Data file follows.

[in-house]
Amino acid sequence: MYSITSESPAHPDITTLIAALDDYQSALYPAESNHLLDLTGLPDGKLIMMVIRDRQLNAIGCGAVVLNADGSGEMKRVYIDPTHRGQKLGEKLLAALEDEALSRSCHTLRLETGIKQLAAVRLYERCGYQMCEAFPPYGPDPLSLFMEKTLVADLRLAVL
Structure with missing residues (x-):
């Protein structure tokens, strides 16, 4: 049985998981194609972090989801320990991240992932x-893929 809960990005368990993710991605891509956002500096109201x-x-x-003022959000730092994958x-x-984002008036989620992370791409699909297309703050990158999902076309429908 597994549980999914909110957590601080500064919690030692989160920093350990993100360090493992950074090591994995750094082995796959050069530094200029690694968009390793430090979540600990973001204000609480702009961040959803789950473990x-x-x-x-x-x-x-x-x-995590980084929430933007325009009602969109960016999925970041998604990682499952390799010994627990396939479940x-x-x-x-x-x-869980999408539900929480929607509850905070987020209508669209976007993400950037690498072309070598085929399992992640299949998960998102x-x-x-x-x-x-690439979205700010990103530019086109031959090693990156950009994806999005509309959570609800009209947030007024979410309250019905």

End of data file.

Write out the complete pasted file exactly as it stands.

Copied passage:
[in-house]
Amino acid sequence: MYSITSESPAHPDITTLIAALDDYQSALYPAESNHLLDLTGLPDGKLIMMVIRDRQLNAIGCGAVVLNADGSGEMKRVYIDPTHRGQKLGEKLLAALEDEALSRSCHTLRLETGIKQLAAVRLYERCGYQMCEAFPPYGPDPLSLFMEKTLVADLRLAVL
Structure with missing residues (x-):
């Protein structure tokens, strides 16, 4: 049985998981194609972090989801320990991240992932x-893929 809960990005368990993710991605891509956002500096109201x-x-x-003022959000730092994958x-x-984002008036989620992370791409699909297309703050990158999902076309429908 597994549980999914909110957590601080500064919690030692989160920093350990993100360090493992950074090591994995750094082995796959050069530094200029690694968009390793430090979540600990973001204000609480702009961040959803789950473990x-x-x-x-x-x-x-x-x-995590980084929430933007325009009602969109960016999925970041998604990682499952390799010994627990396939479940x-x-x-x-x-x-869980999408539900929480929607509850905070987020209508669209976007993400950037690498072309070598085929399992992640299949998960998102x-x-x-x-x-x-690439979205700010990103530019086109031959090693990156950009994806999005509309959570609800009209947030007024979410309250019905």